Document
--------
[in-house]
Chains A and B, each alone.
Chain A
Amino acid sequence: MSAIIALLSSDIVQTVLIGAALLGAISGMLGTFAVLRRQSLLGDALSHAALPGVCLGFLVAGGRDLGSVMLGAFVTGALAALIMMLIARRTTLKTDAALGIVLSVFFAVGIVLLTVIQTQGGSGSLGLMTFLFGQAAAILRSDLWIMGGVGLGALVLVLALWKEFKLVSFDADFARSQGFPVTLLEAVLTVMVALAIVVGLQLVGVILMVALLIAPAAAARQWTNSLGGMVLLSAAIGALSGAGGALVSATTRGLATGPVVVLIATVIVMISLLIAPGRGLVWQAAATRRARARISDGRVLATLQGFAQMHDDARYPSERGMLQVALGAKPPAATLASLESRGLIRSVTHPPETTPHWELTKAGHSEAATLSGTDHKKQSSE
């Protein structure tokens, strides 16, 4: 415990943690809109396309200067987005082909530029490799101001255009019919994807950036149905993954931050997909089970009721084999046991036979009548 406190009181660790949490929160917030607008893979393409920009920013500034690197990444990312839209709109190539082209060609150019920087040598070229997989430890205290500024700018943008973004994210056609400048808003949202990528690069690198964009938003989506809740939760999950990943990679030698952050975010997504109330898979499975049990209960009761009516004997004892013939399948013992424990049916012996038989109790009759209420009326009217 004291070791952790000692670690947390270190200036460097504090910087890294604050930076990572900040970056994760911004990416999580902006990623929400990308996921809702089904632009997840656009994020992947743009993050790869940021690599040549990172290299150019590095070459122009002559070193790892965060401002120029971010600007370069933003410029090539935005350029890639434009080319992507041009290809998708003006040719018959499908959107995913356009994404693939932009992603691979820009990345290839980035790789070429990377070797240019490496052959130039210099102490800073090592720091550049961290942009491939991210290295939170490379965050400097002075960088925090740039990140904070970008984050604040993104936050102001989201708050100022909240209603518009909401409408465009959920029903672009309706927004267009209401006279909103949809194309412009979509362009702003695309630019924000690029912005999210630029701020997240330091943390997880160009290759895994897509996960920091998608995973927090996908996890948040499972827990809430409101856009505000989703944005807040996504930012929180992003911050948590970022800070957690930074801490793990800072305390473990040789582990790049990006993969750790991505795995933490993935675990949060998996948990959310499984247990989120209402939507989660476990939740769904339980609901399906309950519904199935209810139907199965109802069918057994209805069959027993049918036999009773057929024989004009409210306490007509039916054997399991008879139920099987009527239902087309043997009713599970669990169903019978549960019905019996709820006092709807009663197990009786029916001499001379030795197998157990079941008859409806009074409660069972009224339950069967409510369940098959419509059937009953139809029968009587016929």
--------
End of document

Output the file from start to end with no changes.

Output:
[in-house]
Chains A and B, each alone.
Chain A
Amino acid sequence: MSAIIALLSSDIVQTVLIGAALLGAISGMLGTFAVLRRQSLLGDALSHAALPGVCLGFLVAGGRDLGSVMLGAFVTGALAALIMMLIARRTTLKTDAALGIVLSVFFAVGIVLLTVIQTQGGSGSLGLMTFLFGQAAAILRSDLWIMGGVGLGALVLVLALWKEFKLVSFDADFARSQGFPVTLLEAVLTVMVALAIVVGLQLVGVILMVALLIAPAAAARQWTNSLGGMVLLSAAIGALSGAGGALVSATTRGLATGPVVVLIATVIVMISLLIAPGRGLVWQAAATRRARARISDGRVLATLQGFAQMHDDARYPSERGMLQVALGAKPPAATLASLESRGLIRSVTHPPETTPHWELTKAGHSEAATLSGTDHKKQSSE
């Protein structure tokens, strides 16, 4: 415990943690809109396309200067987005082909530029490799101001255009019919994807950036149905993954931050997909089970009721084999046991036979009548 406190009181660790949490929160917030607008893979393409920009920013500034690197990444990312839209709109190539082209060609150019920087040598070229997989430890205290500024700018943008973004994210056609400048808003949202990528690069690198964009938003989506809740939760999950990943990679030698952050975010997504109330898979499975049990209960009761009516004997004892013939399948013992424990049916012996038989109790009759209420009326009217 004291070791952790000692670690947390270190200036460097504090910087890294604050930076990572900040970056994760911004990416999580902006990623929400990308996921809702089904632009997840656009994020992947743009993050790869940021690599040549990172290299150019590095070459122009002559070193790892965060401002120029971010600007370069933003410029090539935005350029890639434009080319992507041009290809998708003006040719018959499908959107995913356009994404693939932009992603691979820009990345290839980035790789070429990377070797240019490496052959130039210099102490800073090592720091550049961290942009491939991210290295939170490379965050400097002075960088925090740039990140904070970008984050604040993104936050102001989201708050100022909240209603518009909401409408465009959920029903672009309706927004267009209401006279909103949809194309412009979509362009702003695309630019924000690029912005999210630029701020997240330091943390997880160009290759895994897509996960920091998608995973927090996908996890948040499972827990809430409101856009505000989703944005807040996504930012929180992003911050948590970022800070957690930074801490793990800072305390473990040789582990790049990006993969750790991505795995933490993935675990949060998996948990959310499984247990989120209402939507989660476990939740769904339980609901399906309950519904199935209810139907199965109802069918057994209805069959027993049918036999009773057929024989004009409210306490007509039916054997399991008879139920099987009527239902087309043997009713599970669990169903019978549960019905019996709820006092709807009663197990009786029916001499001379030795197998157990079941008859409806009074409660069972009224339950069967409510369940098959419509059937009953139809029968009587016929």